by Elizabeth de Barros
We are nervous about the big stories.
But we can’t live without at least one,
because when all metanarratives are stripped away,
we become homeless, hopeless, and meaningless.
THE METANARRATIVE — not what postmoderns hijacked and destroyed with all their littler stories, but the plane curve of history as laid out in Scripture, with Jesus Christ as the fulcrum upon Whom the universe rests. That one.
It’s taken me years to get here, to actually straighten up and fly right on this trajectory. There’s no exact moment to which I can owe, really, but at some point God added enough pixels to help me see beyond the blur; understand my bit part in the BIG story.
It’s done me in — but in a good way.
Done with clutching the clumps of sand beneath my toes, hanging on too tightly. No more hoarding time, as if it belonged to me. Now, when I stand on the banks of eternity and give a hard look, it’s easier to accept my insignificance. Life isn’t about numbers, anyway. No tally sheet, scorecard, ratings. Nobody to compete against. I’m running for the prize of the upward call, panting with every footfall:
“Each of us will give an account of himself to God…”
Serious marathoners train hard to reach their goal.
It’s good to be through with the rat race, the Joneses, the spiritual carpal tunnel that comes from reaching for things that never soothe. Acquiring things for the sake of having them is a miserable business. Counting and cramming is no way to live.
I’m caught up in something far grander.
And I’m well aware that tomorrow everything could change. Drastically. A tornado could blow away my house from its foundation, maybe a 747 jet engine will nosedive into the livingroom, or eating wrong chicken might land me in the ER for a few unhappy hours. All this, while the media stretches its neck to inform the public of the potential threat of EMPs. Clearly, our nation’s vulnerabilities have the better of us; the GRID Act passed within months of proposal.
Perhaps the real issue is that some problems are too big for men to solve.
But I don’t live there — in the fear. I’m relying on something higher, deeper, wider. If the ground should open up and swallow me whole, then ‘How vast the love of God’ will be my meditation. How can I do otherwise? Is the hope to which I’ve been called quantifiable? All I know is that I live in a place of deep, burgeoning joy that one day I will see my heavenly Father’s face, and He’s going to wipe the last tear rolling down the cheek of mine.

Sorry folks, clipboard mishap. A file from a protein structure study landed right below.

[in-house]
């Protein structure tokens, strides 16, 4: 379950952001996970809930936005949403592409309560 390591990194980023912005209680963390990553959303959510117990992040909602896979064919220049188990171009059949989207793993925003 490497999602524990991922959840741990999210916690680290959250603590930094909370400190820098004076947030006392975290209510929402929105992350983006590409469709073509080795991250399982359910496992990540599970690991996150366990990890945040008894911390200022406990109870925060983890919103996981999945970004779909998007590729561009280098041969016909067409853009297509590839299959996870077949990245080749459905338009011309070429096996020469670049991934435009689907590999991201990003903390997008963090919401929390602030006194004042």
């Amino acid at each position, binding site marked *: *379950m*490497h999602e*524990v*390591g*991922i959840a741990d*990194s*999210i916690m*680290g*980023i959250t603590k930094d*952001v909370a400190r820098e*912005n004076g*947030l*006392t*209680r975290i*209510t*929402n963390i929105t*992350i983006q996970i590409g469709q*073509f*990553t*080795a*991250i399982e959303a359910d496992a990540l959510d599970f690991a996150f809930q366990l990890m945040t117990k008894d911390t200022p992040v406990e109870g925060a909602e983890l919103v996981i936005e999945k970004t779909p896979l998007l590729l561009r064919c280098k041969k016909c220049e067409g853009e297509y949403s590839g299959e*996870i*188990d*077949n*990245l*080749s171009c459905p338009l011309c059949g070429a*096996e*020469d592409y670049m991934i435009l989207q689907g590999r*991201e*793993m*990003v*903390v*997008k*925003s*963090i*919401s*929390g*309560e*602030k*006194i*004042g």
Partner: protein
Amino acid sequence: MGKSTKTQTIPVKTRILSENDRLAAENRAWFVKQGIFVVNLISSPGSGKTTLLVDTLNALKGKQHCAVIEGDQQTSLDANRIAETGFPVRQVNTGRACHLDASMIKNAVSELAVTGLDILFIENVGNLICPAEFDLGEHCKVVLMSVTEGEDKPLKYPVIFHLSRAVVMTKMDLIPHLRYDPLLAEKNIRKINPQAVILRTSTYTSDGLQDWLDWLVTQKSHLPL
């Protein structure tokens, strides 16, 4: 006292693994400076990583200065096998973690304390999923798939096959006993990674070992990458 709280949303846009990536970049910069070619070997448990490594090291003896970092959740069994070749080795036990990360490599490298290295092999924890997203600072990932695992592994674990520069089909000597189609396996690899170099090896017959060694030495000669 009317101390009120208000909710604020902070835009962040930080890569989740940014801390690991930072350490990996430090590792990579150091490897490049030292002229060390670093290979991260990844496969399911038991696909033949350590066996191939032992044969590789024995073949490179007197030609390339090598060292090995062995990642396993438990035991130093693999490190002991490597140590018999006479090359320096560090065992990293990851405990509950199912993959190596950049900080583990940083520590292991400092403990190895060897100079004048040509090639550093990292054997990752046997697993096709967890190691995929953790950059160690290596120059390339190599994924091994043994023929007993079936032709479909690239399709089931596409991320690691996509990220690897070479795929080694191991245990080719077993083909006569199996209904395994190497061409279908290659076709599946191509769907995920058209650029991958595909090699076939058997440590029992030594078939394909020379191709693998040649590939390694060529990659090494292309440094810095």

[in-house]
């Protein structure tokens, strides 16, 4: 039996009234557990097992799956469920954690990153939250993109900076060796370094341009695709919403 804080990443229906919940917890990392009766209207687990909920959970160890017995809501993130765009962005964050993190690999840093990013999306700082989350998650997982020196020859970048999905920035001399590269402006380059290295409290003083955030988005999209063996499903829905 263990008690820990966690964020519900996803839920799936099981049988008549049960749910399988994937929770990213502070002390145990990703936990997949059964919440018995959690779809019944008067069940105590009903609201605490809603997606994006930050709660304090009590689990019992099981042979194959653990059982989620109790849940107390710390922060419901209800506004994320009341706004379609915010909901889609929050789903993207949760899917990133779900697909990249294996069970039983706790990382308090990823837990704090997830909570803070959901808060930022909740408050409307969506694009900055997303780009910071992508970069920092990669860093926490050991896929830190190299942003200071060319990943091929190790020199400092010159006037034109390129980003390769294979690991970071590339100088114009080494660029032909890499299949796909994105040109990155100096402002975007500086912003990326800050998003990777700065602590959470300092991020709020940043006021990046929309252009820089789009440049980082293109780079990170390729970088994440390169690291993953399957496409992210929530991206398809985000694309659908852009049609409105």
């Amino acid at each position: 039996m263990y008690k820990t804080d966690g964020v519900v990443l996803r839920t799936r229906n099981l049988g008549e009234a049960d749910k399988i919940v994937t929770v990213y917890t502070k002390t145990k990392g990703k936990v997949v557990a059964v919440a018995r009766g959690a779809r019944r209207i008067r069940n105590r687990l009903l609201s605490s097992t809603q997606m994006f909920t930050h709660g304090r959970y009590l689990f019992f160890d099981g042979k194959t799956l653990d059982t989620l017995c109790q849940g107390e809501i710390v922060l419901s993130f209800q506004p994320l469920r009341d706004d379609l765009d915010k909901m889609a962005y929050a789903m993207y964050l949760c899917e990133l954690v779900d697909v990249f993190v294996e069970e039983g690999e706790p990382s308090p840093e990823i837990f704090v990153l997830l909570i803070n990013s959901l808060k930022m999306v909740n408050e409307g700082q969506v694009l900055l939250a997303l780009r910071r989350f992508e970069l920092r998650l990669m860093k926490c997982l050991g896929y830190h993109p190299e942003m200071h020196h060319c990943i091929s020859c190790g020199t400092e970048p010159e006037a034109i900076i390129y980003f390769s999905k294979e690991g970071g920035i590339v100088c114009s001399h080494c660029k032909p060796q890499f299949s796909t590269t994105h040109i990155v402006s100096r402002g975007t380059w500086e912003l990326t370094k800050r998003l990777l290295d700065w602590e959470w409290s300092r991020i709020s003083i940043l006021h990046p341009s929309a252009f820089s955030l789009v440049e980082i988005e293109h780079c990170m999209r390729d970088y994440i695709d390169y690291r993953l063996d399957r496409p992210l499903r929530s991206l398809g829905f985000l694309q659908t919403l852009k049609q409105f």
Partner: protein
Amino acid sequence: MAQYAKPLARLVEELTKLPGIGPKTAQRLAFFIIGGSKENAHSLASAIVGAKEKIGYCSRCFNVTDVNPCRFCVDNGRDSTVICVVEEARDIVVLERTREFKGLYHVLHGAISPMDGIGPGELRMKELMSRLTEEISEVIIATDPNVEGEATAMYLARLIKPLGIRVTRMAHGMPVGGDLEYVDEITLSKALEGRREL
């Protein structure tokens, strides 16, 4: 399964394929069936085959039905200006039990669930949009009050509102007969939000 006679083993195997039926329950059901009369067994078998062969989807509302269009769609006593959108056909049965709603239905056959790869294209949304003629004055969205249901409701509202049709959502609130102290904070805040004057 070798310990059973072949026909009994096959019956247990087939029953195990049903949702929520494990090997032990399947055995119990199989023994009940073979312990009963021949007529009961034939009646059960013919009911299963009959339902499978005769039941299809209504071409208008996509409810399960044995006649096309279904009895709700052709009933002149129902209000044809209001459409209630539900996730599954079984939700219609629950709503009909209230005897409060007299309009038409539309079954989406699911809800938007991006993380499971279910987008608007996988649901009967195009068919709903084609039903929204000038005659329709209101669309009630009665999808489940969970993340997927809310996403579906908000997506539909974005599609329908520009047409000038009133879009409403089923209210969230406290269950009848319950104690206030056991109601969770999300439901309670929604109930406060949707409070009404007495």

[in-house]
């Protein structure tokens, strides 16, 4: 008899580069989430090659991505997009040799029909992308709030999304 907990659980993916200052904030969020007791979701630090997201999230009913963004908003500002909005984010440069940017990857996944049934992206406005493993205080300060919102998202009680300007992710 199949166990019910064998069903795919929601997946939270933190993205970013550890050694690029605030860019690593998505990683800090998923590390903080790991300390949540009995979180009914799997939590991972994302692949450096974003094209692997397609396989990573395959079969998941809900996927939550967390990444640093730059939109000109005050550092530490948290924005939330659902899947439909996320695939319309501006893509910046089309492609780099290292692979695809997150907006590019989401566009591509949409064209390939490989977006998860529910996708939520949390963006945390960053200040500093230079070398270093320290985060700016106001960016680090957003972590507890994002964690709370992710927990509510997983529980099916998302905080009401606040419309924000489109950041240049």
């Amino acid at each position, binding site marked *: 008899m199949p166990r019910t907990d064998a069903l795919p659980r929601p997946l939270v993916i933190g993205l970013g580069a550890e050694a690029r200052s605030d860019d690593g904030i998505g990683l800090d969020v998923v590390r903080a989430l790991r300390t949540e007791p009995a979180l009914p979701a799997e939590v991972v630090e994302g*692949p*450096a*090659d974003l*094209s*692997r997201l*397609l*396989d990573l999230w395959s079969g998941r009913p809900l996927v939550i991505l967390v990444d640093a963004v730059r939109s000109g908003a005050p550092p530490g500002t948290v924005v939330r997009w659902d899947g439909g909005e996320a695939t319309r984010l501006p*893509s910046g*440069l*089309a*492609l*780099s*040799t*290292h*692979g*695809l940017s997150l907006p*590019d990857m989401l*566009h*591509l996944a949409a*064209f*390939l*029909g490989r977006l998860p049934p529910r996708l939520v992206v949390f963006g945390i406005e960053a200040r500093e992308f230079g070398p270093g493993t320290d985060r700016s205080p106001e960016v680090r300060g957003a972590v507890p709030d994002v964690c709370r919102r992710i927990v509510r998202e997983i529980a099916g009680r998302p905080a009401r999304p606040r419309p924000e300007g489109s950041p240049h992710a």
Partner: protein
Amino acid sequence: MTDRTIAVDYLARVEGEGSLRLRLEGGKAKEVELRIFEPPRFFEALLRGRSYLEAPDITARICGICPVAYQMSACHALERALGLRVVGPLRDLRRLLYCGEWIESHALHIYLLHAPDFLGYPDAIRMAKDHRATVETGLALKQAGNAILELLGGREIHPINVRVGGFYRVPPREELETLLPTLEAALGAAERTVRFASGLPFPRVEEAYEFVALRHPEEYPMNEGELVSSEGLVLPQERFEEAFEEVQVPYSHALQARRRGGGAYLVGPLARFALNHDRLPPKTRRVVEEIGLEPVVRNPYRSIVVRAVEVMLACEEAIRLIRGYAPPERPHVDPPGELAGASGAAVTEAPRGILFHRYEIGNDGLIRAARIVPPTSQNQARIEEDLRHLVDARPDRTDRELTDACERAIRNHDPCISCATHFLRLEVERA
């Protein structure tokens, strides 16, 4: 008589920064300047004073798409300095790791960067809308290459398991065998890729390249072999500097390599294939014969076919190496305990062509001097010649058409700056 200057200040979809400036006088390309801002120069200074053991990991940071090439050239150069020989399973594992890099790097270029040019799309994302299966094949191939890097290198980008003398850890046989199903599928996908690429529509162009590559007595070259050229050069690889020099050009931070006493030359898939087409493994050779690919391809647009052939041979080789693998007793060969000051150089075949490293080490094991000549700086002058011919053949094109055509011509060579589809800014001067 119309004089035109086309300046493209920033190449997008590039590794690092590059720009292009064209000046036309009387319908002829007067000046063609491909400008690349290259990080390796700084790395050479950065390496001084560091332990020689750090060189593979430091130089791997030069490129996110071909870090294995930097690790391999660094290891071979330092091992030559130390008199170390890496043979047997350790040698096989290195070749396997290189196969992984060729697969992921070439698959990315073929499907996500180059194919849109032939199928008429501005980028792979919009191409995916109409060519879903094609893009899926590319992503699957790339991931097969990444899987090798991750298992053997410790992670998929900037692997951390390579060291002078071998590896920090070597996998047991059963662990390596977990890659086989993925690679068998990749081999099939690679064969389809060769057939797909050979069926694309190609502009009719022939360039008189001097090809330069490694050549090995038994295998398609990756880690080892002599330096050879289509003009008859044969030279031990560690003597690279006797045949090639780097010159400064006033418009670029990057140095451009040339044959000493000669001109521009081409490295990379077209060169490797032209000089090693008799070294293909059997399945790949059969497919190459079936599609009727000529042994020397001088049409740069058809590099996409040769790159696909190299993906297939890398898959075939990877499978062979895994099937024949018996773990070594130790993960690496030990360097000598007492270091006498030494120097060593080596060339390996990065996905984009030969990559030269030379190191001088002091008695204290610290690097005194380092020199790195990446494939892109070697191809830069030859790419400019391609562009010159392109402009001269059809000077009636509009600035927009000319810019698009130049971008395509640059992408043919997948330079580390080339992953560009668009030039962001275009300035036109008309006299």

Bedrock measures deep below the surface; faith must reside in the core of my being.
To those who understand, I share this observation: Seems we’re all on an uphill climb, evaluating our wares, making sure we’ve got things packed in case the earth shifts and we lose our bearings. Somehow, deep down, we know things will not be what they were. Change is certain. Look how much has morphed since 10 years ago. Forget 20. That’s another lifetime altogether. We keep looking at the clock, scrutinizing the calendar — or not — rubbing our eyes, moving a little slower. Feels like a countdown, every step deliberate, every move crucial.
Given the lateness of the hour, I hazard to make this appeal: Be sure you’re not building castles in the sand in the midst of a storm that’s been long in the making. That you’re wide awake; hearing the clarion call to sell all your wares and strengthen yourselves in the Lord. Be a Noah, build an ark of prayer, ring the proverbial warning bell for your generation. Step out of your tiny world, dare enter God’s magnum opus.
Oh, and learn to die well. Find comfort in the arms of the One who hasn’t lost count of the numberless grains of sand underfoot.
As history converges upon the eternal will of God, His is the perfect storm.
♦ ♦ ♦
To be caught up in this epic drama — finally lost; forever found — no longer flailing but holding firm in His purposes, is to be written out of your own David Copperfield and hidden in the eternal plot of Christ in God, the Author of Life.
Now, a problem with metaphor is that at some point it breaks down. But without it, I’d be even needier than I am for trying to understand those things that exist beyond my reach.
Yes, God is too big for me.
I pray also that the eyes of your heart may be enlightened in order that you may know the hope to which he has called you, the riches of his glorious inheritance in the saints, and his incomparably great power for us who believe.
— Ephesians 1:18-19a